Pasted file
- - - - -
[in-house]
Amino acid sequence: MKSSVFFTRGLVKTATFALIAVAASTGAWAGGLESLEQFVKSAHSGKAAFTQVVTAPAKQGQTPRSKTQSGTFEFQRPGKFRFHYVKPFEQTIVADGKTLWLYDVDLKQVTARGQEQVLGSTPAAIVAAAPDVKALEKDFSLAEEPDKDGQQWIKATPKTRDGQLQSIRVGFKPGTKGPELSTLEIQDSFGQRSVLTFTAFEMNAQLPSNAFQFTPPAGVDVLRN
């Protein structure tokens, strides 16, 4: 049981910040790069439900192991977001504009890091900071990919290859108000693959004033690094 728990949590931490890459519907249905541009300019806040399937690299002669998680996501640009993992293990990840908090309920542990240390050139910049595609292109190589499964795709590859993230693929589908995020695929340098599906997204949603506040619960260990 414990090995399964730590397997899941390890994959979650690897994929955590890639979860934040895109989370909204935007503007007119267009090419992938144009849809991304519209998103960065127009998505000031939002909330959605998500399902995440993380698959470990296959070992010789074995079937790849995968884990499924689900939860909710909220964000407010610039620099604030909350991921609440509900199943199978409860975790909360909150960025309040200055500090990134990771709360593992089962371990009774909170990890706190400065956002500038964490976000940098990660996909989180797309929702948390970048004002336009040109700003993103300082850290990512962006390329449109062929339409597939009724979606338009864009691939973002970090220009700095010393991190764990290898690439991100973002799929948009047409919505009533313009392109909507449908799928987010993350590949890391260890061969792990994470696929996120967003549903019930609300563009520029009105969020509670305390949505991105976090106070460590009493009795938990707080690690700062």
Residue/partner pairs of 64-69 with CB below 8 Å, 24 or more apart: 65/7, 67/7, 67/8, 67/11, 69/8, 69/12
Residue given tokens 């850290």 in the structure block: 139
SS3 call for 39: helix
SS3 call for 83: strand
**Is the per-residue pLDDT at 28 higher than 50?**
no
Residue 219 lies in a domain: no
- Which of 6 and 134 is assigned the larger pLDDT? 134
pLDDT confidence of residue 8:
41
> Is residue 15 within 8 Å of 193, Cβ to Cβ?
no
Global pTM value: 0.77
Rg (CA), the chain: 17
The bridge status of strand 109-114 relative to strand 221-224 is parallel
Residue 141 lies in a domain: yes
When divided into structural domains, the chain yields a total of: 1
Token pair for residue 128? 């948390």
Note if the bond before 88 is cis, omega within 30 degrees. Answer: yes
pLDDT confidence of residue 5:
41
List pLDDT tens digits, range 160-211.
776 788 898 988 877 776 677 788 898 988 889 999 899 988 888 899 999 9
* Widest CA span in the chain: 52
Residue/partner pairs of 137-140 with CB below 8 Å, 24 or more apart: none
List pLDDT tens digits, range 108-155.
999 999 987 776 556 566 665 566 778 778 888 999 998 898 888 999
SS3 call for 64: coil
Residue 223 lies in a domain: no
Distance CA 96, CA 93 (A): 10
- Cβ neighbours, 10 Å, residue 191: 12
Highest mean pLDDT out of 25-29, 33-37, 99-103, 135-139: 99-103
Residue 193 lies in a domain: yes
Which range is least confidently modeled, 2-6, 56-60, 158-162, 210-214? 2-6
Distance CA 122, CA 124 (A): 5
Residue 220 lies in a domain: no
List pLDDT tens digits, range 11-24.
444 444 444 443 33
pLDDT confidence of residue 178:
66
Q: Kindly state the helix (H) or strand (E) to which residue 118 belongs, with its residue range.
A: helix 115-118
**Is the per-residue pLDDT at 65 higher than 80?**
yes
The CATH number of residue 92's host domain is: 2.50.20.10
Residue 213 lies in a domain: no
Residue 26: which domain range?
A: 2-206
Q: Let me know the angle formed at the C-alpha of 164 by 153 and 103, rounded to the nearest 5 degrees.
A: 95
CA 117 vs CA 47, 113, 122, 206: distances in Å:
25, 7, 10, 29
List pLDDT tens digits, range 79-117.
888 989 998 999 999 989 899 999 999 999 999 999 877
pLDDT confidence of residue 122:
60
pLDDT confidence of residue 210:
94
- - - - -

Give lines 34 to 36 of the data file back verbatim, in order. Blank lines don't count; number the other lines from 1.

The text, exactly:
- Cβ neighbours, 10 Å, residue 191: 12
Highest mean pLDDT out of 25-29, 33-37, 99-103, 135-139: 99-103
Residue 193 lies in a domain: yes